Lab power Supply

A lab power supply can cost a lot for a good multi channel one. I dont want to spend $300 + dollars on a 3 channel psu, so I am making my own out of an ATX PSU and a handful of buck and boost converter modules. The good thing about doing things this way is that you do not have to play with 240v.

The specs will be 3.3v, 5v and 12v fixed supplies, 2 times 3-12v variable supplies and 12-30v variable supply. A cornucopia of supply rails with the 12v rail able to supply a maximum of 20 amps, i will not want for power when I am home brewing circuits and need multiple supply rails.

The buck and boost converters are off ebay, they also have current limiting, which is nice I will have them turned down to less than an amp most of the time, and the most they can supply is 5a, i will never get close to hitting the max on the psu even if i make something that tries to draw a lot of amps.

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Mocking up the layout after making the base of the case.

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The entire case will be framed in alloy angle as i have no bending facilities.

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Cutout and mounted the psu to the back panel.

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Layout of the front panel making sure there is enough space around the pots and banana sockets.

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Front panel is as crooked as a hillbillies tooth thanks to not owning a real drill press and using a dremel drill press for doing the pilot holes. I will probably keep it and not have a do-over, now its on to the rats nest of wiring and building in the rest of the case.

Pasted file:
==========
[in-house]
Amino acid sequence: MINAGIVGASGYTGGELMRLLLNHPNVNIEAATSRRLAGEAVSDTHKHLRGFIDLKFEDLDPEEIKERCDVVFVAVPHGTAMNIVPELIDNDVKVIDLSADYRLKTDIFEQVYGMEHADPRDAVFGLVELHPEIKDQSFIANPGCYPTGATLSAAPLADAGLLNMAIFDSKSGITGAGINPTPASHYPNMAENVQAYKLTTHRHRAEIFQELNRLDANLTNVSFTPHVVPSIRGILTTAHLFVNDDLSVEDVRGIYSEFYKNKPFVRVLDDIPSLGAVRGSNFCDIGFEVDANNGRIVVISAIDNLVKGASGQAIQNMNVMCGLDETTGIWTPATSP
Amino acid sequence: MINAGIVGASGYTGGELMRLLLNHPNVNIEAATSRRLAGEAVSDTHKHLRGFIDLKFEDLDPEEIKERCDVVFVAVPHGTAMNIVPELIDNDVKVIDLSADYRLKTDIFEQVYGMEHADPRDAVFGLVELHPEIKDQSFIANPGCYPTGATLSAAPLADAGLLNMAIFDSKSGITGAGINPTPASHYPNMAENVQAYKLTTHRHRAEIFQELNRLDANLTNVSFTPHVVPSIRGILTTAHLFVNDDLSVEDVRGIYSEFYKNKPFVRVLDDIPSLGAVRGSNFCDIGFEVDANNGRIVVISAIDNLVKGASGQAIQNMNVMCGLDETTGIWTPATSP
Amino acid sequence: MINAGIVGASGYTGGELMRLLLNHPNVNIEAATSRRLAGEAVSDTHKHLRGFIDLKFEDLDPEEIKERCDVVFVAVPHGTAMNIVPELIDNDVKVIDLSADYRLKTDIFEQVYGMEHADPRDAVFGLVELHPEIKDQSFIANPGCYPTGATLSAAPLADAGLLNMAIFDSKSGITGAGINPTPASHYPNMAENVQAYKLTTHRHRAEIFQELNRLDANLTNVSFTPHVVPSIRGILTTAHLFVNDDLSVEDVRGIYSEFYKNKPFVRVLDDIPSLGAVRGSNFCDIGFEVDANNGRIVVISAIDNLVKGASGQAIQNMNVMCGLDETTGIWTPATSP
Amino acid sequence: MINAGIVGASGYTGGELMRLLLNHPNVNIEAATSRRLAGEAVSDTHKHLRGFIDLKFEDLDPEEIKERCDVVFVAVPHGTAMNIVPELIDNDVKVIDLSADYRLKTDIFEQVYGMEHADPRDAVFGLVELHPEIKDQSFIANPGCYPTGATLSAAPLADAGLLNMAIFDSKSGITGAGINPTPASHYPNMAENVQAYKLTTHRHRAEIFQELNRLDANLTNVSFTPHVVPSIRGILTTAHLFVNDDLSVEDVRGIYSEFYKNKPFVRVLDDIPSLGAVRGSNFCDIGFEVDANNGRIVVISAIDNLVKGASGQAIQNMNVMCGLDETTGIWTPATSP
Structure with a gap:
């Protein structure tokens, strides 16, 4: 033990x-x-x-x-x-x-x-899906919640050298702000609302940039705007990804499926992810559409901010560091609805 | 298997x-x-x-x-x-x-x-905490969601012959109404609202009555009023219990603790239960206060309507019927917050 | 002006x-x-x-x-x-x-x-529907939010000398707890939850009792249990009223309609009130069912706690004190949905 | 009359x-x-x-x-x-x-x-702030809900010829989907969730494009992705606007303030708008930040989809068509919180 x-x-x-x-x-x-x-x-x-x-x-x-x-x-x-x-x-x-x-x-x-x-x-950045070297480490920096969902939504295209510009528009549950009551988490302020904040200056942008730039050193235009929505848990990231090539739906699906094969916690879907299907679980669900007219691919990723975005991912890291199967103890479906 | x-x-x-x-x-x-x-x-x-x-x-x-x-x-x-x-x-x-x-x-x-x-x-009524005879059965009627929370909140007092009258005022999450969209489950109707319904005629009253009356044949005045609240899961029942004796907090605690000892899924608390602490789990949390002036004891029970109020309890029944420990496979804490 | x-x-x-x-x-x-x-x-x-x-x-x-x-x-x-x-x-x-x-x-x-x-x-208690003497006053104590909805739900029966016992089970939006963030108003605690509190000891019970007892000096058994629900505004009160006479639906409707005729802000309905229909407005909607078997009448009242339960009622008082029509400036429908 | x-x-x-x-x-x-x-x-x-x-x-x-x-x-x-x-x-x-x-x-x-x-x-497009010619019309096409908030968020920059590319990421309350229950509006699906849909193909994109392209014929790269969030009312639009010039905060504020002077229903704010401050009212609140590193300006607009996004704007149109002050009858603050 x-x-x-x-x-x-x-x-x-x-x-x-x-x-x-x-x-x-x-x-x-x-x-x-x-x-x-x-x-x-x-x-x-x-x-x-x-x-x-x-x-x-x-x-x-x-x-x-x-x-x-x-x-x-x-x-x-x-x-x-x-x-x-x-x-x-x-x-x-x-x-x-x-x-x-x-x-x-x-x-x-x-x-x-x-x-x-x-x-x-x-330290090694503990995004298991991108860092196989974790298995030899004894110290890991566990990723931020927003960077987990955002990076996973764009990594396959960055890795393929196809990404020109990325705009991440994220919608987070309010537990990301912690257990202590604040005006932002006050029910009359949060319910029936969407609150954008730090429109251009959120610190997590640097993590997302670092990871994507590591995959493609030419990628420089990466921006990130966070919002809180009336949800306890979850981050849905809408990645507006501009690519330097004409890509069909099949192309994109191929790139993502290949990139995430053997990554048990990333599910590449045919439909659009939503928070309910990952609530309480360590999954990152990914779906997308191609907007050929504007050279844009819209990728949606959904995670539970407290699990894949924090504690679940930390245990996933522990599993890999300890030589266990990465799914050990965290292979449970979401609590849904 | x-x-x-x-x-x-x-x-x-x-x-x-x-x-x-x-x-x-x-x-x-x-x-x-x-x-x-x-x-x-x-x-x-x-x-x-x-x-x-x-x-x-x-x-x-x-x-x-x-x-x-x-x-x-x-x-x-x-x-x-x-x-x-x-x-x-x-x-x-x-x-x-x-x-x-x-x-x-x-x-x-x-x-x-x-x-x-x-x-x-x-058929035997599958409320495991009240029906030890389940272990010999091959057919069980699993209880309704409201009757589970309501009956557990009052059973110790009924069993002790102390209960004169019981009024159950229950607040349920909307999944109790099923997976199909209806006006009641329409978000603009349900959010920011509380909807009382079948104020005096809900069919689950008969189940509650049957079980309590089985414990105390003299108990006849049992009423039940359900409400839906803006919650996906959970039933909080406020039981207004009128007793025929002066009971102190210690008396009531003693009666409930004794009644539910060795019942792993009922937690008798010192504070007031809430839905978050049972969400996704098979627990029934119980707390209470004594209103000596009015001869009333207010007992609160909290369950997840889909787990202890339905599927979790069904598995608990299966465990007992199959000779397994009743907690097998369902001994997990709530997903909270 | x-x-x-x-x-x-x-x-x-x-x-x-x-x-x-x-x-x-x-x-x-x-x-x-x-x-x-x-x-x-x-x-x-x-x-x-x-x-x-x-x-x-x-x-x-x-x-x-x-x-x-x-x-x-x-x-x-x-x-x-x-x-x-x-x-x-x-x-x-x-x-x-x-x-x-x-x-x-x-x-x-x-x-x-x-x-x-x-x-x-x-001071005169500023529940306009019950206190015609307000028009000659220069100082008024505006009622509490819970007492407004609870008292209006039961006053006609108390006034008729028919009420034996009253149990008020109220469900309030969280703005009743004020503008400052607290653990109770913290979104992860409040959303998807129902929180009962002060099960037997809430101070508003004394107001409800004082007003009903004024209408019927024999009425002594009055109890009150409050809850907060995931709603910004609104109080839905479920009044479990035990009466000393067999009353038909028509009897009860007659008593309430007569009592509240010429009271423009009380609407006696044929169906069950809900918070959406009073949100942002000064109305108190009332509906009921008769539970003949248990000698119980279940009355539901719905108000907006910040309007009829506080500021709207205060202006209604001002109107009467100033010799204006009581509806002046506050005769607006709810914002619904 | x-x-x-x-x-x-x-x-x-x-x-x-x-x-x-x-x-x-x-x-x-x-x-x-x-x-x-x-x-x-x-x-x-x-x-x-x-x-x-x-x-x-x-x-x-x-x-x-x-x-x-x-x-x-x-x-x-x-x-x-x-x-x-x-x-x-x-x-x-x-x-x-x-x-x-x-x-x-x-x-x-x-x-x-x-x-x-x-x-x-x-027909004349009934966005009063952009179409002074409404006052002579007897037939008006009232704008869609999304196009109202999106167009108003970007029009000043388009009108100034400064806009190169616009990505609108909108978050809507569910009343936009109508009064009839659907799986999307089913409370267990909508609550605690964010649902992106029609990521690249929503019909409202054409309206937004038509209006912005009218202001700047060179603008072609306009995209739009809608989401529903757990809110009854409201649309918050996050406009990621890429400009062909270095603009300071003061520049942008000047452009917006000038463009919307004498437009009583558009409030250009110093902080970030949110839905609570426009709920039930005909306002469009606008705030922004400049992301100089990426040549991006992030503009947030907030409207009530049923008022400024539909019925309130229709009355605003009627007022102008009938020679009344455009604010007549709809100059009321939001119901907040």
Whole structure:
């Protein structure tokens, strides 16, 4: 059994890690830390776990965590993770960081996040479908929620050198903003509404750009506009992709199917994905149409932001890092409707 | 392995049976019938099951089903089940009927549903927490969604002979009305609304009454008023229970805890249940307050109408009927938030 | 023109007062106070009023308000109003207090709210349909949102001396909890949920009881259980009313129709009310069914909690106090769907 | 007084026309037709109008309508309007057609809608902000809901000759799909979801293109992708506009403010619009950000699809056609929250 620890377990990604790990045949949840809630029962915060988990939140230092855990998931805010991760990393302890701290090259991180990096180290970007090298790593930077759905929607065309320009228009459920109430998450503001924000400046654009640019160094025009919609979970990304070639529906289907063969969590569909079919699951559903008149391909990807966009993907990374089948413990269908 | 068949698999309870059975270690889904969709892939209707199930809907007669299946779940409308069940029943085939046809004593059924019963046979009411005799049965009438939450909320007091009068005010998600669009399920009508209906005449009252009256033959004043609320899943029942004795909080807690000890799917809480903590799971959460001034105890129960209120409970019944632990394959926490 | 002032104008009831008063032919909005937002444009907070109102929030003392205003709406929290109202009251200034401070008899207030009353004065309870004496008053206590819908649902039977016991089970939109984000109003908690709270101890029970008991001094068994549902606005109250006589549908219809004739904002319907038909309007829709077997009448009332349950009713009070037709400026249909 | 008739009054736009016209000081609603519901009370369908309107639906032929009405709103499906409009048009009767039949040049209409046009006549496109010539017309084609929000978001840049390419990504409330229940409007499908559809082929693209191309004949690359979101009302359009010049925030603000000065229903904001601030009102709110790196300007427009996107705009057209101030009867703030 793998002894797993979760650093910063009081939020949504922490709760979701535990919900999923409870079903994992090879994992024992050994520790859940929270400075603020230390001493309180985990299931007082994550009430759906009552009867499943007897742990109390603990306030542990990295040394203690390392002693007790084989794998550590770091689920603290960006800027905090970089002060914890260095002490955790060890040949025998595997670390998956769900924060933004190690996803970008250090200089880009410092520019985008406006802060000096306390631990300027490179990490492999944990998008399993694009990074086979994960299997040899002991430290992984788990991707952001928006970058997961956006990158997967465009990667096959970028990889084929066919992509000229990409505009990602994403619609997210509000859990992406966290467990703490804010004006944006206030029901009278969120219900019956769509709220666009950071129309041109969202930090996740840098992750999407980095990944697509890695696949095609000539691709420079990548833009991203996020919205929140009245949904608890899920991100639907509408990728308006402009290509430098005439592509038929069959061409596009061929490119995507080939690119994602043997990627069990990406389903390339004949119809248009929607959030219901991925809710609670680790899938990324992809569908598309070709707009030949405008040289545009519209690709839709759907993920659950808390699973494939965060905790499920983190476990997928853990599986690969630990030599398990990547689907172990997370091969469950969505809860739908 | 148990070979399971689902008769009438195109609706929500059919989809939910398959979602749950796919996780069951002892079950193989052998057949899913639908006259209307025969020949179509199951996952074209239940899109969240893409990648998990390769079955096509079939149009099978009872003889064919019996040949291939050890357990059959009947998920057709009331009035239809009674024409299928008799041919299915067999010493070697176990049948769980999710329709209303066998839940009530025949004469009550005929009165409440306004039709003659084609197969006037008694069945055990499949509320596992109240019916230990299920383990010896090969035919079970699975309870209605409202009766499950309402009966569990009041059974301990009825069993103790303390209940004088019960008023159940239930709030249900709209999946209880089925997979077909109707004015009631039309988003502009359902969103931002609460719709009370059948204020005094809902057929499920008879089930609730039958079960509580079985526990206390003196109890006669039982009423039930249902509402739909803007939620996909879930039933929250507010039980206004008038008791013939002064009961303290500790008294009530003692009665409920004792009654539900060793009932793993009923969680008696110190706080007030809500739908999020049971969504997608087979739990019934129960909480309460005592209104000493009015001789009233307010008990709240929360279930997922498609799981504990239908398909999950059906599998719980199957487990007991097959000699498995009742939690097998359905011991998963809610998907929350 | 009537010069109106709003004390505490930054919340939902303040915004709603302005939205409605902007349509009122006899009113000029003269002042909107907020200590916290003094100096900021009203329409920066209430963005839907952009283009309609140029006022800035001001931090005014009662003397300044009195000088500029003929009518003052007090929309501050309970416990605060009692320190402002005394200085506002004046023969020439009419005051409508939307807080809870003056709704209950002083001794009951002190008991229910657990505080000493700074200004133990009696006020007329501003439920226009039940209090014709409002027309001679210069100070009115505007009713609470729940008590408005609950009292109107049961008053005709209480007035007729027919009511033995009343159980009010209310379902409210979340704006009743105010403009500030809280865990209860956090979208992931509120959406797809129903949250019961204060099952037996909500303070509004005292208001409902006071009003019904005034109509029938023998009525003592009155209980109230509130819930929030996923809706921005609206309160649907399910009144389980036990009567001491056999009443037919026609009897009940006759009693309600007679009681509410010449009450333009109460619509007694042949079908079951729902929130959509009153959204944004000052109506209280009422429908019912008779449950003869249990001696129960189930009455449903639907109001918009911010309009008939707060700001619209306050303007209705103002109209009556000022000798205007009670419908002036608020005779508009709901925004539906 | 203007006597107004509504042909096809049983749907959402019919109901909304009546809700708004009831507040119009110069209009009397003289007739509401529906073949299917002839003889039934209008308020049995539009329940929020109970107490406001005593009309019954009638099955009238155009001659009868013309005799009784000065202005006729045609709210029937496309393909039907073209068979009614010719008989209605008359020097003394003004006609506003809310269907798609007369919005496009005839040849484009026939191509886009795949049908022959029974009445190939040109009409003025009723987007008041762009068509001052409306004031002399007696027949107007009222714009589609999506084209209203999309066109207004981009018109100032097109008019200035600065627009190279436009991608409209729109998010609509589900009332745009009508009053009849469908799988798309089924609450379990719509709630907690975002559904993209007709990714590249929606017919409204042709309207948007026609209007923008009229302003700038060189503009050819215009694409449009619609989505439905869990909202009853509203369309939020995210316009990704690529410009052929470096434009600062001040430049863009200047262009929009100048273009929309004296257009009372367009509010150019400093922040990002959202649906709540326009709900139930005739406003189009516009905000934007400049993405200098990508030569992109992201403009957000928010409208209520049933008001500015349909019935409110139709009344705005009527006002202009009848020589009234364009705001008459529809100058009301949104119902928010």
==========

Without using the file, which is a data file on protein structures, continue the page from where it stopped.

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VK3AQZ Kits Attenuators

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I ordered these kits on Monday and had them in my hands Tuesday, nice work overnight express delivery. Bought from VK3AQZ Kits for $20 each plus post. I would be hard pressed to Ebay the parts for these and come in under that cost and then they would not look as professional and well made as these with their machined cases and chromed labels.

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The 2 kits i bought give a total of 10 and 50 db of attenuation, the first gives 1, 2, 3 and 4 db of attenuation.

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The 2nd gives 10, 20, 20 db of attenuation. They are rated to 250mw and 50mhz. But, with paralleling the shunt capacitors you can make these 1w, either way, for just about every application one might use these for in their homebrew projects, they are more than adequate for the job at hand. Form 3db points on filters and resonators, to 10 and 20db points to align the rf meter, to noise testing and the like. Attenuators are handy kits to have.

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Kits go together very easy.

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RFPM1 RF Power Meter Part 2

RFPM1 RF Meter Kit by vk3aqz Kits.

Ok, so a quick update on the RF power meter, I have got it complete, I did not take as many pictures as i should have. The kit is super easy, the instructions are brilliant, the packaging brilliant and the service from Lou the kit maker, just awesome. I cannot fault any aspect of this build, it has all been super clear and easy. The videos of the build process show everything you need to know, and the alignment videos are superb and make things so simple and clear.